Bangalore's tallest building is not the safest

Wednesday, 8 December 2010 - 11:10am IST | Place: Bangalore | Agency: DNA
With the grim memories of Carlton fire still afresh, DNA did a safety check on Public Utility Building on MG Road.

It is the city’s tallest building having many high-end shops drawing scores of visitors. Being a skyscraper, Public Utility Building is also vulnerable to accidents.

For long, the structure was under scrutiny for violations of building norms and safety, following the fire in Carlton Towers in February this year.

The biggest weakness of this landmark building is lack of fire escape. Most of the visitors and employees of various offices of the building are heavily depended on the lift system. In case of a fire, the first thing that will draw their attention is the staircase. In this building, the stair is wide enough only to accommodate one person at the time. Considering the number of visitors and employees working in the building, it would not be wrong to say that a disaster is waiting to happen here.

To give credence to this is a study by Beyond Carlton, an association formed by the survivors and families of those who lost their lives in the fire. As part of an initiative, the group conducted a fire safety audit the findings of which were quite shocking.

“One of the structures in the city where we did a reality check was the Public Utility Building. We found that in most of the stores, there were no smoke detectors or water sprinklers, especially near the emergency exits. These were just a few of the violations that we found,” said Nithin Dubey, a member of Beyond Carlton.
But the government and fire department officials claimed that the required measures had been taken to make the building safer. BG Changappa, director of Karnataka Fire and Emergencies Services, said that based on a request by the department, a wider fire exit staircase was constructed in the building.

“We have a special unit of firemen headed by an assistant fire officer in the building who will be monitoring the building round the clock,” he said.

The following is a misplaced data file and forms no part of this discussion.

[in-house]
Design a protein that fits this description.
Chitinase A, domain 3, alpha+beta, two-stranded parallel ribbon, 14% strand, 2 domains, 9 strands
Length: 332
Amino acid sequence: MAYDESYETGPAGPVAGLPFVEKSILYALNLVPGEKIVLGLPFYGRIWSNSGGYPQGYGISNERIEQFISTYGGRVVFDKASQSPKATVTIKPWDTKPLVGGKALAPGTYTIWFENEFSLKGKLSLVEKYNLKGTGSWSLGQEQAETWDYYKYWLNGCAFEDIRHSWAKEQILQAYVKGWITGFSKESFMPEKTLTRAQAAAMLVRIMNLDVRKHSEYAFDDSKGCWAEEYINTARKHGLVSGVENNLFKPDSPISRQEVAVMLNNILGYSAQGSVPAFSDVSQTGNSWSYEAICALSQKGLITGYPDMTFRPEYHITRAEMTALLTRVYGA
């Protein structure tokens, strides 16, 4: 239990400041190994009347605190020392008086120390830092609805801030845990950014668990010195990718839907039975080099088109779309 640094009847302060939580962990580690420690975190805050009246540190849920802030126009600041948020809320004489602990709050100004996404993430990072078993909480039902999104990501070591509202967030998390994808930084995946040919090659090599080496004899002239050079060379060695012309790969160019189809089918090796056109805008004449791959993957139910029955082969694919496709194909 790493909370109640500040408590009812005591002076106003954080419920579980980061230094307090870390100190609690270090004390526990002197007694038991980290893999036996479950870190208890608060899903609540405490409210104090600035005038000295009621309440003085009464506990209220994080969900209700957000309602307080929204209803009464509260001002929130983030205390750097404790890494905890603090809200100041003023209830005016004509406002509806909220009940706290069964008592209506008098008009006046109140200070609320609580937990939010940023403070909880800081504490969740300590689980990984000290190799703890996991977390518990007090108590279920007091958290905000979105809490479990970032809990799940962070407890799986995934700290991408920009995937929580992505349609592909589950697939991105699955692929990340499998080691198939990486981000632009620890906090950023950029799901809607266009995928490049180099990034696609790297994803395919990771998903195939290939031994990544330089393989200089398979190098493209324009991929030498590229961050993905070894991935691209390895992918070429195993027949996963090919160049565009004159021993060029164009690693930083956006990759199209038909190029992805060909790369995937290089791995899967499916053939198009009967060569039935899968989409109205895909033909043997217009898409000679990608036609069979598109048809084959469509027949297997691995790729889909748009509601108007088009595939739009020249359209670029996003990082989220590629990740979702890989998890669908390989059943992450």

When DNA visited the building, we found that the 1.5m wide staircase, which was newly constructed to address the safety issues, was no better.

If a blaze starts on one of the floors, what immediately catches the attention of escapees will be the narrow staircase. Any person working or visiting the building would use this stair as it is located close to the elevator they come in. But as people make a desperate run down the stairs, chances of stampede cannot be ruled out. 

The new staircase is wider but few visitors seem to be aware of it. Even if some people manage to find it and start rushing down the stairs, their progress will be stopped on the second floor. For here, the staircase ends and people will have to run around to see where the stair continues to the first floor and ground floor. Too much smoke on this floor may leave an escapee confused and the delay in locating the stair may cost his life.

No fire drills were conducted recently in the building. The reason given is that companies working in the building have no time to join this exercise.

There are no fire alarms, smoke detectors or sprinklers in the main corridors of the building.  Among the few exemptions is the railway reservation centre on the eighth floor. To our dismay, we also found electric wires hanging from the ceiling, broken and exposed fire alarms and CCTV cameras covered with cobwebs.  

However, fire extinguishers and hoses were kept intact.

Extinguishers on all the floors have been renewed.

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